Oneiroid syndrome (OS), or dream-like fantastic delusional derangement of consciousness, is characterized by a kaleidoscopic quality of psychopathological experiences, wherein reality, illusions and hallucinations are merged into one. It is typically accompanied by motor and, in particular, catatonic disturbances. This syndrome is an uncommon psychiatric state, which is hardly mentioned in standard psychiatric textbooks. OS is a neglected entity among DSM-oriented psychiatrists because it deals with a phenomenological approach in contrast to the European attitude, which deals with detailed clinical descriptions. Here, we propose detailed clinical descriptions with a number of consecutive stages of the OS development, illustrated by two vignettes with typical variants of oneiroid syndrome, in order to raise the awareness of psychiatrists who are not familiar with this state, and to try to open a window to the inner life of those patients suffering from this syndrome. These cases may also serve as illustration of certain principles which, when understood, may be found to lead in turn to a deeper knowledge of the psychopathology of other more commonplace conditions.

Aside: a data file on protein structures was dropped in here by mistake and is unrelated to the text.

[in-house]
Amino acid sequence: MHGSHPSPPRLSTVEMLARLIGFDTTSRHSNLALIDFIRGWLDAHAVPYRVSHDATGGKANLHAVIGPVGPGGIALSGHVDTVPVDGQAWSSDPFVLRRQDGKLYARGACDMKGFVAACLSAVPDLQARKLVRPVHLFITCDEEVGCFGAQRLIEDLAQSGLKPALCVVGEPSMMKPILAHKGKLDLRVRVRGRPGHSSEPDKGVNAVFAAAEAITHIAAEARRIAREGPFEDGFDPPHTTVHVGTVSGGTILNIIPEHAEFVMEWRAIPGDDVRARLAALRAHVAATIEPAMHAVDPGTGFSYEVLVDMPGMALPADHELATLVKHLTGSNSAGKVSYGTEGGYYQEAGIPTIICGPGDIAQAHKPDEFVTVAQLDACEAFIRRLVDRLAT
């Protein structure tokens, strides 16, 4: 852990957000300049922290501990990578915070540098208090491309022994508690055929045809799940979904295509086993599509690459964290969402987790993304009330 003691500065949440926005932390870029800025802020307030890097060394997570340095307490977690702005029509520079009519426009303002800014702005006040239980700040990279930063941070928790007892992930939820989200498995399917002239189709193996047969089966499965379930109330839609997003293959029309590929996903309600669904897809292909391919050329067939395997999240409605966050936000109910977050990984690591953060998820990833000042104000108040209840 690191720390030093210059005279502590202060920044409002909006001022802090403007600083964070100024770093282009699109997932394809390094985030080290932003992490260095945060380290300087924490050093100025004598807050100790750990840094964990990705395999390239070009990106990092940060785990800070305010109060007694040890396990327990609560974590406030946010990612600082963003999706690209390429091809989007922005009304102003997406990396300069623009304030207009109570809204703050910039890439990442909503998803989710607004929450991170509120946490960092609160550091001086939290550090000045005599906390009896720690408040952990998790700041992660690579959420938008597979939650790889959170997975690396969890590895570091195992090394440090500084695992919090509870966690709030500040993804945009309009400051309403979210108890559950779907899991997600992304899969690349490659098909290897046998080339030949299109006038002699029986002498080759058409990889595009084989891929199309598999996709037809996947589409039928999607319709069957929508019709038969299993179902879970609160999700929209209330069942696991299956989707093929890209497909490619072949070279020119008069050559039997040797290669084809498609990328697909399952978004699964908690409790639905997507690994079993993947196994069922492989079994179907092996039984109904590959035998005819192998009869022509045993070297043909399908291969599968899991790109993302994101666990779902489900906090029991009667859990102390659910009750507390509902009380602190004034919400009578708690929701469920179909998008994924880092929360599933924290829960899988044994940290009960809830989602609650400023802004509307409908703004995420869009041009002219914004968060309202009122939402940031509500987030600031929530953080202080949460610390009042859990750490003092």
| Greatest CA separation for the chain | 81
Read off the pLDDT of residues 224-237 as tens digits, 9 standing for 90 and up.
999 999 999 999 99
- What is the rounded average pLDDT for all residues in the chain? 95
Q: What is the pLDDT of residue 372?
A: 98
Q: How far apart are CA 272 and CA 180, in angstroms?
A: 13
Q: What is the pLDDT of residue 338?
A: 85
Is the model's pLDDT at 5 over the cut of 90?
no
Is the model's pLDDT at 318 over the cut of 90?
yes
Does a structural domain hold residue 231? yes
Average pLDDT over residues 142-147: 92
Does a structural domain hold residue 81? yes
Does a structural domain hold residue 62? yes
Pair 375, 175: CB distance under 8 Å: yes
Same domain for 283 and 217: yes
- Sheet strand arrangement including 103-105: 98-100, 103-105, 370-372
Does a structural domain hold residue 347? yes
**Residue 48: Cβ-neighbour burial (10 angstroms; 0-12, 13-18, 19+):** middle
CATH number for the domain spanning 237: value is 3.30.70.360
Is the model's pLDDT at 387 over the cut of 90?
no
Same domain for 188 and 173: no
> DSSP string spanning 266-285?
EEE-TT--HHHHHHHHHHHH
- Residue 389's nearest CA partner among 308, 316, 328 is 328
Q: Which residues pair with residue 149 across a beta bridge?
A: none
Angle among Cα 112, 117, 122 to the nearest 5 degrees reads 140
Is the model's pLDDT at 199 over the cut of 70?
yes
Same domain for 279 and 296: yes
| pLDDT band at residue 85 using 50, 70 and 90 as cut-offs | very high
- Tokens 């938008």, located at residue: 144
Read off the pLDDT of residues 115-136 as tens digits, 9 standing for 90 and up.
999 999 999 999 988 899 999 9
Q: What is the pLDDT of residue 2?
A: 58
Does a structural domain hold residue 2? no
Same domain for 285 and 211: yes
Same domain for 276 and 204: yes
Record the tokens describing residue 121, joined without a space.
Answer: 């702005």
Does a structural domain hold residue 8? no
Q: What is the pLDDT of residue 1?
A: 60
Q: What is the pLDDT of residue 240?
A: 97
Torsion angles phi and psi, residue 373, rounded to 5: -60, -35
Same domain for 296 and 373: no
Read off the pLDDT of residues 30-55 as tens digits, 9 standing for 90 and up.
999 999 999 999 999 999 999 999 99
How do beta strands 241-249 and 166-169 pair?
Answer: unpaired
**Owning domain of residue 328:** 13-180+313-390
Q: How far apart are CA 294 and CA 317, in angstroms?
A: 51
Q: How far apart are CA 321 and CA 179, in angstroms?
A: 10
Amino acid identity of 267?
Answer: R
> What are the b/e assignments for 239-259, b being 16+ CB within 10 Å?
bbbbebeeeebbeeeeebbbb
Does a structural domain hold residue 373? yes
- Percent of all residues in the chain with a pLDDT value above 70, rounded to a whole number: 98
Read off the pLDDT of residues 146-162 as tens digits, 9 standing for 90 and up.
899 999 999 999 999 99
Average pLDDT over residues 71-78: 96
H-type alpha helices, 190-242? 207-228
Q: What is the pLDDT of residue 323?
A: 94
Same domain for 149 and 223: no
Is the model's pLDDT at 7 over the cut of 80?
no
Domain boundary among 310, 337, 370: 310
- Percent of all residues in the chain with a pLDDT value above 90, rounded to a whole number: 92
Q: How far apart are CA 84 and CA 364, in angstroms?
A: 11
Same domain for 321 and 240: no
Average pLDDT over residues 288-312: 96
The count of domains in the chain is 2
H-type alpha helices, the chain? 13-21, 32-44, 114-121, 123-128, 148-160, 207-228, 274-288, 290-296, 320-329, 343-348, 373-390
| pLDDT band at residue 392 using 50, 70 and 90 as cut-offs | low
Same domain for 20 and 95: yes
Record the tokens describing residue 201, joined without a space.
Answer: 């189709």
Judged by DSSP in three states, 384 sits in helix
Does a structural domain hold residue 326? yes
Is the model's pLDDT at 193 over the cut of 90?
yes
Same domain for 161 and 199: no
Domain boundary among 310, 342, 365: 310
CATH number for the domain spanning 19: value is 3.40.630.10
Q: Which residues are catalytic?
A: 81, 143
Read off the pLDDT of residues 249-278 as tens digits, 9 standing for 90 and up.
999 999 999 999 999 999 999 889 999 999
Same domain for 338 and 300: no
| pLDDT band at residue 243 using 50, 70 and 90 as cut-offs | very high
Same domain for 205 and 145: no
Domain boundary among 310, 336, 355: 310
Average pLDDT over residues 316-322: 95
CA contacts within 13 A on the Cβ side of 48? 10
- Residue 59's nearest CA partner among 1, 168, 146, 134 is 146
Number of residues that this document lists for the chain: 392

|Number of pages
|Israel Journal of Psychiatry and Related Sciences
|Published - 1 Jan 2000
ASJC Scopus subject areas
- Public Health, Environmental and Occupational Health